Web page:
Former UN Iraq weapons inspector Scott Ritter was at St. Andrew's Presbyterian Church in Pflugerville last Saturday night speaking in support of the Neo-Conned book series in a discussion moderated by Jack Blood, host of Deadline Live on Radio Free Austin. During the intense dialogue, Ritter reiterated claims that the inspectors' work was intended for failure to support a foregone conclusion to invade Iraq, a scenario he said is now replaying with Iran, a nation with whom "we are already at war." U.S. counterterrorism and death-squad policies were discussed, as was Ritter's assertion that America's oil addiction is dwarfed only by our dangerous addiction to war and its economic benefits to our world-leading weapons industry. A registered Republican, Ritter said he'd love to see a Democrat-controlled House, re-establishing checks and balances, and halting the march to war with partisan gridlock. Asked how individuals can react against a domestic war machine, he recommended empowering oneself with knowledge and information and said we should "infuse ourselves with a sense [of] citizenship and democracy." See USTourOfDuty.com and NeoConned.com for more. D.M.
Last Friday, FEMA extended by a month its cutoff deadline for giving cities funds for paying the rent of Hurricane Katrina evacuees. That means the city of Austin will pay the rent and utilities of evacuees placed in rental properties through the Austin Convention Center and the Toney Burger Center through March instead of February, which is merely a temporary fix to a daunting long-term problem, as Paul Hilgers, director of Austin's Neighborhood Housing and Community Development Office, noted. "Living month-to-month is almost as bad as living with no knowledge of how you're going to pay your bills," he said. Or, as Scott Borne, a local Katrina evacuee working at Cafe Caffeine, more bluntly put it, "It's such a crazy pain in the ass." Cheryl Smith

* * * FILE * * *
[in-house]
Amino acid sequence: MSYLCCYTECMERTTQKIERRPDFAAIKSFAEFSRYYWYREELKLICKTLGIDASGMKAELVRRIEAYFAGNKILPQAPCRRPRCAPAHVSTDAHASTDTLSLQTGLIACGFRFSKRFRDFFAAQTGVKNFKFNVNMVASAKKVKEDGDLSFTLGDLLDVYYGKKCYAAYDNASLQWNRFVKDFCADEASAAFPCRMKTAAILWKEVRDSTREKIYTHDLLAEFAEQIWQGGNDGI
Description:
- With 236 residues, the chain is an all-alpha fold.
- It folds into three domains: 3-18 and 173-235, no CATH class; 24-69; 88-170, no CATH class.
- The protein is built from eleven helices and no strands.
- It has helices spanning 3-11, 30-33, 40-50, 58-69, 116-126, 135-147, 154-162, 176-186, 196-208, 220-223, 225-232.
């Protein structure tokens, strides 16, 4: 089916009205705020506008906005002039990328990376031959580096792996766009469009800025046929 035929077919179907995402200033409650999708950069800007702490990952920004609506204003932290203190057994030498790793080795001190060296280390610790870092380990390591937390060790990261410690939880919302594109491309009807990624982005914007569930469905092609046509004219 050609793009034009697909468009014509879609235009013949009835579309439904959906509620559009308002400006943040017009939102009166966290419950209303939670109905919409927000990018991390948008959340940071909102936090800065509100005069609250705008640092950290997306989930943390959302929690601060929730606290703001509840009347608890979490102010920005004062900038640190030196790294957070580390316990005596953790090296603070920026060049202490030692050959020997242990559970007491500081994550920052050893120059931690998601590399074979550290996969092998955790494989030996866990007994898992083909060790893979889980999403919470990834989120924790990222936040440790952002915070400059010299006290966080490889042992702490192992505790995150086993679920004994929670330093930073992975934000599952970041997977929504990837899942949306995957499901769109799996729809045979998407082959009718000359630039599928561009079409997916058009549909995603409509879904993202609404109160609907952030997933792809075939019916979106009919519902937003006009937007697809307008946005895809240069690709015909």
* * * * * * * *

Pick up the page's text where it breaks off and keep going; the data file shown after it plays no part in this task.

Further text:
In other evacuee limbo-hell news, a report released last week by the Center on Budget and Policy Priorities, a nonpartisan think tank focused on fiscal and low-income program policy, confirms what many a Gulf Coast hurricane evacuee, not to mention many a person interacting with evacuees, already knew: The housing needs of low-income evacuees are largely going unmet. The report says low-income households "are much less likely than their higher income counterparts to have the resources needed to avoid hardship and, in some cases, homelessness when the erratic federal evacuee housing assistance system fails them." To better meet such evacuees' needs, the report makes several recommendations, which include having the Department of Housing and Urban Development, instead of FEMA, provide ongoing rental assistance. The recommendations are directed toward Congress, whose members will soon consider the Bush administration's new supplemental appropriations request for another $9.4 billion in FEMA disaster relief funds. For more, see www.cbpp.org/2-23-06hous.htm. C.S.
Beyond City Limits